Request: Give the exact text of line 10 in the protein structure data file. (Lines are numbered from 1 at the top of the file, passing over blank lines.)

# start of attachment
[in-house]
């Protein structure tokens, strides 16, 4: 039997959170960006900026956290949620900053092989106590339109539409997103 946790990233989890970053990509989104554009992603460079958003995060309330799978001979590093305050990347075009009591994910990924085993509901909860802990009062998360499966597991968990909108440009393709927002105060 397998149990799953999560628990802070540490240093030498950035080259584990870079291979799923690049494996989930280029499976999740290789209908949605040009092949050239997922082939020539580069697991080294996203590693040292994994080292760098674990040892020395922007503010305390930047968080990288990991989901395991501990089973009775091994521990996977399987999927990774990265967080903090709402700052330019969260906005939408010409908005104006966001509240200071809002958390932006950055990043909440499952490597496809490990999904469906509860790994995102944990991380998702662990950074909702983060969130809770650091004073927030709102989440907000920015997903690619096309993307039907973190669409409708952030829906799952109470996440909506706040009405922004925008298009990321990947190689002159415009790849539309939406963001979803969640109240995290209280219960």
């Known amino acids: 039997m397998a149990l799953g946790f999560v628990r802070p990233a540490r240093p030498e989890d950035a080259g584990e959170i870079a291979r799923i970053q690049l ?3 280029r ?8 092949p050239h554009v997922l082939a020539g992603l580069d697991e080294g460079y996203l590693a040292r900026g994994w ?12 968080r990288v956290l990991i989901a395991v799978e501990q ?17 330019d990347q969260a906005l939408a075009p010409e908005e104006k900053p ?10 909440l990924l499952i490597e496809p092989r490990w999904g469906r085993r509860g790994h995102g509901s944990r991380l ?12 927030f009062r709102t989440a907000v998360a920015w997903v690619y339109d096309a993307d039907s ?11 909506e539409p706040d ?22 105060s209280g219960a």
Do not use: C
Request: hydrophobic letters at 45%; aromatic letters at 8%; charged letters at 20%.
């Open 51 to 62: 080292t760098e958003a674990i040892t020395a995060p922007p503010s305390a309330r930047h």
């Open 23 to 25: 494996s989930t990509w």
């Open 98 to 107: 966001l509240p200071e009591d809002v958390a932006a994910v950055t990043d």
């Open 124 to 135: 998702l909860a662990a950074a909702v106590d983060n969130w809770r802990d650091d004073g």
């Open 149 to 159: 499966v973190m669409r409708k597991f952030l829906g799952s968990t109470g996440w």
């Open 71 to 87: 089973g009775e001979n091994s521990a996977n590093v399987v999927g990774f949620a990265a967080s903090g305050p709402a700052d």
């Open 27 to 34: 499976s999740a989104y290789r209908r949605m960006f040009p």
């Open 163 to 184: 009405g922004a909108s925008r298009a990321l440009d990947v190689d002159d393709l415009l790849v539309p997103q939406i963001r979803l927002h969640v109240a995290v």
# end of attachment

């Open 149 to 159: 499966v973190m669409r409708k597991f952030l829906g799952s968990t109470g996440w």